Air0 brings a breath of fresh air to China
Air purifiers are a growing market but one plagued by uncertain quality. Finnish company Air0 believes there is a more efficient way to clean indoor air and has built the technology to prove it.
Poor indoor air quality has a direct effect on our health. It can vary from fatigue and headaches to respiratory diseases and even reduced life expectancy. While a growing number of air purifiers promise to tackle the issue, Air0 believes their quality still leaves much to be desired.
“Most air purifiers today use HEPA filtration, which, in short, is a very tight filter. It filters impurities well but, at the same time, blocks a lot of air from flowing through it,” explains Air0 co-founder and CEO Valle Kulmala. “It means it can’t cycle enough air to clean an entire room.”
Air0 has taken a different approach. This was easier said than done, but after two years of development, the company finalised a patented four-step process in 2016. The commercial result is the smAIRt1200, an efficient, silent air purifier capable of cleaning rooms of up to 150 square metres. Air0 also focuses heavily on aesthetics, housing it in a design of wood, fabric and customisable colours. This has brought attention from China, where the product is used in large public spaces, such as hotels, offices and kindergartens.
Now Air0 has squeezed the same tech into the more compact smAIRt600: “It is suitable for business users with smaller rooms but can also be used by consumers,” Kulmala enthuses. “It can still clean rooms as large as 75 square metres.”
Breath of fresh innovation
Air0 was born in 2013 after its CTO and co-founder, Markku Rajala, visited China. It was there Rajala first realised the full extent of air purification problems and, as a known inventor with over 500 patents under his belt, started to think about a solution.
“Markku got an idea for a technology that uses looser filters [than HEPA]. Typically the problem is they don’t clean impurities well enough, but he thought about combining the looser filters with an electrical booster,” Kulmala recalls “This could be used to create an air purifier with a very high cleaning efficiency and air flow rate.”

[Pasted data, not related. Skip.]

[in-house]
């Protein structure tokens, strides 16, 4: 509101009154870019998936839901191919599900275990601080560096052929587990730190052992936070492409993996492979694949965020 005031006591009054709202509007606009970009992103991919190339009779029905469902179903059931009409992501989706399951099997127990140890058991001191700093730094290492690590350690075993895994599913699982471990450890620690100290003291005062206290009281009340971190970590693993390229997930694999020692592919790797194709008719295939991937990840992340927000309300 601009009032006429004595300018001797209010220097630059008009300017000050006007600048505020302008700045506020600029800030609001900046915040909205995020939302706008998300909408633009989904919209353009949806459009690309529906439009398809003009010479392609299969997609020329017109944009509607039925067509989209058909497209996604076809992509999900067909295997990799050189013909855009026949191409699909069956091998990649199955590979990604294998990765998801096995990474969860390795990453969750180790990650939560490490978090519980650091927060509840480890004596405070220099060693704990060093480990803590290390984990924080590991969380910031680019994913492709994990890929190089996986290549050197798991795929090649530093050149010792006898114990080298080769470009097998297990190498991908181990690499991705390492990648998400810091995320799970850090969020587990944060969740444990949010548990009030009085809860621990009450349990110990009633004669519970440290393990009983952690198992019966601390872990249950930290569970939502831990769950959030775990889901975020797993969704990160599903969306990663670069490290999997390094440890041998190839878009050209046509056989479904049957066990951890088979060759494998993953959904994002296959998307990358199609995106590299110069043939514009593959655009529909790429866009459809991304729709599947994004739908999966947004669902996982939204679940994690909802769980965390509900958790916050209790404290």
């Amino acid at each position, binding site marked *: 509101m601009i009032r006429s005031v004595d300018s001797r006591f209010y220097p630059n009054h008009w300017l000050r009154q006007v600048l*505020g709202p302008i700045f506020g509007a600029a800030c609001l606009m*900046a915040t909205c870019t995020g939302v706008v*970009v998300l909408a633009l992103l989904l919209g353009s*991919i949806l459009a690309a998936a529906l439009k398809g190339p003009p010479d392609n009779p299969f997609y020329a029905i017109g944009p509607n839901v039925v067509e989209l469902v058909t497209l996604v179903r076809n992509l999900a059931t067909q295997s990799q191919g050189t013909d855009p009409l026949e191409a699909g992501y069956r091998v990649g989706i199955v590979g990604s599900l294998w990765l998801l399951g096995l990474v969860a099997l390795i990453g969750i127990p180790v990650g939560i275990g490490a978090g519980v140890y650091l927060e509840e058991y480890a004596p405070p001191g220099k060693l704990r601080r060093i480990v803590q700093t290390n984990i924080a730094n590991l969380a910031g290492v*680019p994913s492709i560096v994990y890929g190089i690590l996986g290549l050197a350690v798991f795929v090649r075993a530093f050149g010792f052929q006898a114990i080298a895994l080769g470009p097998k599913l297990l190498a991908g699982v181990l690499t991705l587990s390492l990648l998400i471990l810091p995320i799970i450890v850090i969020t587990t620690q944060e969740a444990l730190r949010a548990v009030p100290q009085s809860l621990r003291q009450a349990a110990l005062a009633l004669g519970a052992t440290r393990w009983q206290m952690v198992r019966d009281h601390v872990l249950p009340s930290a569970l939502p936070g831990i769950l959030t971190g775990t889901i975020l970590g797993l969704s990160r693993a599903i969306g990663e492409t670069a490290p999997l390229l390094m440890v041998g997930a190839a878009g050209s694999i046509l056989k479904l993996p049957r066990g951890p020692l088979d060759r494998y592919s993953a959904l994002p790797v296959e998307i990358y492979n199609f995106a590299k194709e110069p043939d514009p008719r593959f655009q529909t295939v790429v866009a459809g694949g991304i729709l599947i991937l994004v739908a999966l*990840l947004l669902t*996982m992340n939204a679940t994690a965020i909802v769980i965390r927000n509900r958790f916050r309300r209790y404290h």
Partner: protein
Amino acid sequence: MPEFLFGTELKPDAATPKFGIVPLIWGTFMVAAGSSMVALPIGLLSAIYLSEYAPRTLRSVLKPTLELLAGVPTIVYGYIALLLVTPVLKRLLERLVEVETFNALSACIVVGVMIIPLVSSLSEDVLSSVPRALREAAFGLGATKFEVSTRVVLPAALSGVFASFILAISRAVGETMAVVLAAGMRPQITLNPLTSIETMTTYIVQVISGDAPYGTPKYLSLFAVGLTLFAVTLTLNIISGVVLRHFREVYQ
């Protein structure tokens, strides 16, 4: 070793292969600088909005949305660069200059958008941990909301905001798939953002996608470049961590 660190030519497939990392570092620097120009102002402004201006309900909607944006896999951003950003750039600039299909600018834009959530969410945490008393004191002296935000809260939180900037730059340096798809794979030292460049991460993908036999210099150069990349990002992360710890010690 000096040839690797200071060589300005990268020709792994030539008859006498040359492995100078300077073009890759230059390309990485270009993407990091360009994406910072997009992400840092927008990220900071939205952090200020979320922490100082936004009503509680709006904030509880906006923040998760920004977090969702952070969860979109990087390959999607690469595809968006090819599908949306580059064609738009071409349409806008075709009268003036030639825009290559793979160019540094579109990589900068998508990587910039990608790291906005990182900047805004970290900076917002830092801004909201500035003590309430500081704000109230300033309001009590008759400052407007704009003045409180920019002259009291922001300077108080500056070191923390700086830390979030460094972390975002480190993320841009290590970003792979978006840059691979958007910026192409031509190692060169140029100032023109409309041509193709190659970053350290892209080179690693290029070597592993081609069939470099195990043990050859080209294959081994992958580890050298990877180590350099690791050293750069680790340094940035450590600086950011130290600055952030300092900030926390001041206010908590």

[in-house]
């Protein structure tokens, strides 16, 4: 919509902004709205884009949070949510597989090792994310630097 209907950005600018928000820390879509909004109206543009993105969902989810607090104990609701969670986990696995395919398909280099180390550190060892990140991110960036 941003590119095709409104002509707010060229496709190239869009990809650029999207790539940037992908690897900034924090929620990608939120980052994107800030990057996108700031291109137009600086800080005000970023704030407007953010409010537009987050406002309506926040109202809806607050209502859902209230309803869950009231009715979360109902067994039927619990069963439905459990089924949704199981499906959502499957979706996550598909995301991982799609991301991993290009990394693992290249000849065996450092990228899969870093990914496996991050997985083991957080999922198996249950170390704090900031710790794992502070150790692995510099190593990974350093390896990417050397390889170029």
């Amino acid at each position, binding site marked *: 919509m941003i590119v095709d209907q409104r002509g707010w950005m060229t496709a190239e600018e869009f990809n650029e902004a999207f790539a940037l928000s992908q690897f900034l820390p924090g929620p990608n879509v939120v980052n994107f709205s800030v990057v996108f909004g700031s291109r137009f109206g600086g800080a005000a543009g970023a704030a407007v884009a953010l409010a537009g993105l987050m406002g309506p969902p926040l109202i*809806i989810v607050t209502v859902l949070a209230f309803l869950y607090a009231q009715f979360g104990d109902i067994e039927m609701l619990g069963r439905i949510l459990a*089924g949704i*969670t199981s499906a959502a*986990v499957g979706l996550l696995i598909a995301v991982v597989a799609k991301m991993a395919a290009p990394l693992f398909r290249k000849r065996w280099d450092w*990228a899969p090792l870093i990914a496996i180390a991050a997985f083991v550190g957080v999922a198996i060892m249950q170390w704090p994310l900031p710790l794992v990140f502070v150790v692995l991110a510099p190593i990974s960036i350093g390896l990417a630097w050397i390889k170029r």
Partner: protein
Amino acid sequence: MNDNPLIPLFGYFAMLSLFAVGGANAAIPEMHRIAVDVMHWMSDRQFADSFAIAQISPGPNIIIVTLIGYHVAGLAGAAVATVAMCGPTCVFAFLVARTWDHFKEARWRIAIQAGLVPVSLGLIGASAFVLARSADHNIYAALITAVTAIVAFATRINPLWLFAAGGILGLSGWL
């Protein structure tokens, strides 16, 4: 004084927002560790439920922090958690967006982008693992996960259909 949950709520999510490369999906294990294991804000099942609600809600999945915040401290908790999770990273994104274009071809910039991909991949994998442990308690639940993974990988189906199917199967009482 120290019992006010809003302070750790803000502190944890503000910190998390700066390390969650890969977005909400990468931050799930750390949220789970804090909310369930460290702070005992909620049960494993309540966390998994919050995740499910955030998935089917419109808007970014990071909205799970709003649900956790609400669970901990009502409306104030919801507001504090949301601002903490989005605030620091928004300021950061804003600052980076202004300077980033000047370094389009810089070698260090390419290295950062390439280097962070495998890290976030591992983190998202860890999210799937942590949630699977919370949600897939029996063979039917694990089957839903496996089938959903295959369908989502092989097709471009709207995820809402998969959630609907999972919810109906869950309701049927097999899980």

While many purifiers promise to remove harmful particles, allergens, smokes and smells, Rajala’s idea not only achieved this, but also gave the 10-person company from Espoo its differentiator: scale.
“We knew we had a great technology, but since our competitors in China are big companies like Haier and Samsung we had to pick our target group very carefully,” Kulmala says. “There is less competition in the business market, and our products stand out even better there because of the amount of air they can clean.”
Into the clouds
The next step for Air0 is full automation. The company will soon release a cloud-based system which continuously monitors air quality and automatically adjusts the purifiers as necessary. It is part of Air0’s bid to grow its business presence in Finland, Sweden and, in particular, in China.
“We are really pleased our demand is constantly growing in China, but our market share there is still small,” Kulmala explains. “It’s a huge market, its size is hard to grasp even for us who deal with it daily. Shanghai alone is as big a market as the Nordics together.”
Air0 is also eyeing other Asian markets, such as Korea and Japan, and new segments including the consumer market. But for the company, the focus will always be on technology.
“Our long-term goal is to be the globally leading air quality company. Not necessarily in terms of turnover, but we want to be the innovator and trendsetter in the industry,” Kulmala concludes.
Text: Eeva Haaramo
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